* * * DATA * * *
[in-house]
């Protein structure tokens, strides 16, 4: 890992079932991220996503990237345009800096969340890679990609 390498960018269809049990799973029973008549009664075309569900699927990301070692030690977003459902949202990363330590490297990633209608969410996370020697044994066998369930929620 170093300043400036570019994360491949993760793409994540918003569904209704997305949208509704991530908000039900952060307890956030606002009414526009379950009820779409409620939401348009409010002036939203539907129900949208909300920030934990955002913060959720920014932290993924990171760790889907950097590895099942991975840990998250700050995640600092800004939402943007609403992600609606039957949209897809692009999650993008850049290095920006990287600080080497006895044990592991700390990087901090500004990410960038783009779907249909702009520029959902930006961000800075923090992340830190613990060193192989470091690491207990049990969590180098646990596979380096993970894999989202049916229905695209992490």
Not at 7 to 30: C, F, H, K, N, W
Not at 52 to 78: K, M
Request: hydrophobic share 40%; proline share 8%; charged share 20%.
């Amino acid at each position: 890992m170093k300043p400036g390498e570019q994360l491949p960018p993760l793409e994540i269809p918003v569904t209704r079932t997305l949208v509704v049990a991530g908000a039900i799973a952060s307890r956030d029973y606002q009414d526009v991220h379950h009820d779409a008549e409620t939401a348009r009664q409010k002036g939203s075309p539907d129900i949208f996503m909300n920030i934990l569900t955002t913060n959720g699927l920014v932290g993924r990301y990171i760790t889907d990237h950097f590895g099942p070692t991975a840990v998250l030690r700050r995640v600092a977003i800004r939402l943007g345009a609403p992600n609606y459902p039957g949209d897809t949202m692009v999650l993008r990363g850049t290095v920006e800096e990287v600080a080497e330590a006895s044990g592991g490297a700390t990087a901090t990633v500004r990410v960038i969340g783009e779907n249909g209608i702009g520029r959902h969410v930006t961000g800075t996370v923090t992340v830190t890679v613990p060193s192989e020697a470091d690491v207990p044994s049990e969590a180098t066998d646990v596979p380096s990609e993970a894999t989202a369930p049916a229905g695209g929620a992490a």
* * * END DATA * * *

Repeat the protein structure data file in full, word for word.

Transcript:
[in-house]
């Protein structure tokens, strides 16, 4: 890992079932991220996503990237345009800096969340890679990609 390498960018269809049990799973029973008549009664075309569900699927990301070692030690977003459902949202990363330590490297990633209608969410996370020697044994066998369930929620 170093300043400036570019994360491949993760793409994540918003569904209704997305949208509704991530908000039900952060307890956030606002009414526009379950009820779409409620939401348009409010002036939203539907129900949208909300920030934990955002913060959720920014932290993924990171760790889907950097590895099942991975840990998250700050995640600092800004939402943007609403992600609606039957949209897809692009999650993008850049290095920006990287600080080497006895044990592991700390990087901090500004990410960038783009779907249909702009520029959902930006961000800075923090992340830190613990060193192989470091690491207990049990969590180098646990596979380096993970894999989202049916229905695209992490």
Not at 7 to 30: C, F, H, K, N, W
Not at 52 to 78: K, M
Request: hydrophobic share 40%; proline share 8%; charged share 20%.
């Amino acid at each position: 890992m170093k300043p400036g390498e570019q994360l491949p960018p993760l793409e994540i269809p918003v569904t209704r079932t997305l949208v509704v049990a991530g908000a039900i799973a952060s307890r956030d029973y606002q009414d526009v991220h379950h009820d779409a008549e409620t939401a348009r009664q409010k002036g939203s075309p539907d129900i949208f996503m909300n920030i934990l569900t955002t913060n959720g699927l920014v932290g993924r990301y990171i760790t889907d990237h950097f590895g099942p070692t991975a840990v998250l030690r700050r995640v600092a977003i800004r939402l943007g345009a609403p992600n609606y459902p039957g949209d897809t949202m692009v999650l993008r990363g850049t290095v920006e800096e990287v600080a080497e330590a006895s044990g592991g490297a700390t990087a901090t990633v500004r990410v960038i969340g783009e779907n249909g209608i702009g520029r959902h969410v930006t961000g800075t996370v923090t992340v830190t890679v613990p060193s192989e020697a470091d690491v207990p044994s049990e969590a180098t066998d646990v596979p380096s990609e993970a894999t989202a369930p049916a229905g695209g929620a992490a």